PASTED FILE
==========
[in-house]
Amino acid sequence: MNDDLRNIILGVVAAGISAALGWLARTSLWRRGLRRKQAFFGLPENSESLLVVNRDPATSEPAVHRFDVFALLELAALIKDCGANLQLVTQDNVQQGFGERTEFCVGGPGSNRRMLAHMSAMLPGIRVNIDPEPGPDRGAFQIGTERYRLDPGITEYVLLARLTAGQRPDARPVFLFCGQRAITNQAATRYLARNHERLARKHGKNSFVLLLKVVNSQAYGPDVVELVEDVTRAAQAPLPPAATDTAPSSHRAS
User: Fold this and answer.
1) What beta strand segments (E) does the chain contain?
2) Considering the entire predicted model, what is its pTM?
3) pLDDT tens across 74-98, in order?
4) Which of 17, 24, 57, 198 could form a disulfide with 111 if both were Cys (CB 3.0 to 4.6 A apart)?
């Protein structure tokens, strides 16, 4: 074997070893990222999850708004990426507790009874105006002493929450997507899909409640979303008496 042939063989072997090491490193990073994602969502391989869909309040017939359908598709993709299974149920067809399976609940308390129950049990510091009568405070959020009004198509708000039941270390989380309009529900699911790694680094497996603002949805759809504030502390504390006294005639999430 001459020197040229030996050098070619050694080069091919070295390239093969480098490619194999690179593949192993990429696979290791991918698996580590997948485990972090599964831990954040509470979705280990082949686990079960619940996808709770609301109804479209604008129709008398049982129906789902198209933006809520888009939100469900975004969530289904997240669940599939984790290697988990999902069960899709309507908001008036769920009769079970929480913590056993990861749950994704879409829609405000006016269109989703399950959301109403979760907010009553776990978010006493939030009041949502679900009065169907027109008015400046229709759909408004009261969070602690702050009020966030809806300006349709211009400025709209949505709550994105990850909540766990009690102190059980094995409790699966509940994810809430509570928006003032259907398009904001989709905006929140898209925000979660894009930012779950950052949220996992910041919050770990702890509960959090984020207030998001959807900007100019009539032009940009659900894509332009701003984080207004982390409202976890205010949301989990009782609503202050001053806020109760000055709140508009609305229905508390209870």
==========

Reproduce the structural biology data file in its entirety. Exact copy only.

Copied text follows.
[in-house]
Amino acid sequence: MNDDLRNIILGVVAAGISAALGWLARTSLWRRGLRRKQAFFGLPENSESLLVVNRDPATSEPAVHRFDVFALLELAALIKDCGANLQLVTQDNVQQGFGERTEFCVGGPGSNRRMLAHMSAMLPGIRVNIDPEPGPDRGAFQIGTERYRLDPGITEYVLLARLTAGQRPDARPVFLFCGQRAITNQAATRYLARNHERLARKHGKNSFVLLLKVVNSQAYGPDVVELVEDVTRAAQAPLPPAATDTAPSSHRAS
User: Fold this and answer.
1) What beta strand segments (E) does the chain contain?
2) Considering the entire predicted model, what is its pTM?
3) pLDDT tens across 74-98, in order?
4) Which of 17, 24, 57, 198 could form a disulfide with 111 if both were Cys (CB 3.0 to 4.6 A apart)?
């Protein structure tokens, strides 16, 4: 074997070893990222999850708004990426507790009874105006002493929450997507899909409640979303008496 042939063989072997090491490193990073994602969502391989869909309040017939359908598709993709299974149920067809399976609940308390129950049990510091009568405070959020009004198509708000039941270390989380309009529900699911790694680094497996603002949805759809504030502390504390006294005639999430 001459020197040229030996050098070619050694080069091919070295390239093969480098490619194999690179593949192993990429696979290791991918698996580590997948485990972090599964831990954040509470979705280990082949686990079960619940996808709770609301109804479209604008129709008398049982129906789902198209933006809520888009939100469900975004969530289904997240669940599939984790290697988990999902069960899709309507908001008036769920009769079970929480913590056993990861749950994704879409829609405000006016269109989703399950959301109403979760907010009553776990978010006493939030009041949502679900009065169907027109008015400046229709759909408004009261969070602690702050009020966030809806300006349709211009400025709209949505709550994105990850909540766990009690102190059980094995409790699966509940994810809430509570928006003032259907398009904001989709905006929140898209925000979660894009930012779950950052949220996992910041919050770990702890509960959090984020207030998001959807900007100019009539032009940009659900894509332009701003984080207004982390409202976890205010949301989990009782609503202050001053806020109760000055709140508009609305229905508390209870």